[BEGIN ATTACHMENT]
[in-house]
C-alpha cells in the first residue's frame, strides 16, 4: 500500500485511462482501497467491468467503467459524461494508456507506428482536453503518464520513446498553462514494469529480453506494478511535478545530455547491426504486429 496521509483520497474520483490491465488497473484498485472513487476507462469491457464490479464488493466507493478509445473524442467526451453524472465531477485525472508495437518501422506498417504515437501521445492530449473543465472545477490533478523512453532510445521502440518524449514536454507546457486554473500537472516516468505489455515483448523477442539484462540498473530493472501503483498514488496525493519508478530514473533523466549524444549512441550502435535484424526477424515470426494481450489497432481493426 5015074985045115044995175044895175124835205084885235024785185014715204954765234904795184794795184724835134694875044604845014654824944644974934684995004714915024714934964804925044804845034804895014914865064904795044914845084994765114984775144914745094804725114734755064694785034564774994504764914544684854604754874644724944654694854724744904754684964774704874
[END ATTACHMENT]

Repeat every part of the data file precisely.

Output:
[in-house]
C-alpha cells in the first residue's frame, strides 16, 4: 500500500485511462482501497467491468467503467459524461494508456507506428482536453503518464520513446498553462514494469529480453506494478511535478545530455547491426504486429 496521509483520497474520483490491465488497473484498485472513487476507462469491457464490479464488493466507493478509445473524442467526451453524472465531477485525472508495437518501422506498417504515437501521445492530449473543465472545477490533478523512453532510445521502440518524449514536454507546457486554473500537472516516468505489455515483448523477442539484462540498473530493472501503483498514488496525493519508478530514473533523466549524444549512441550502435535484424526477424515470426494481450489497432481493426 5015074985045115044995175044895175124835205084885235024785185014715204954765234904795184794795184724835134694875044604845014654824944644974934684995004714915024714934964804925044804845034804895014914865064904795044914845084994765114984775144914745094804725114734755064694785034564774994504764914544684854604754874644724944654694854724744904754684964774704874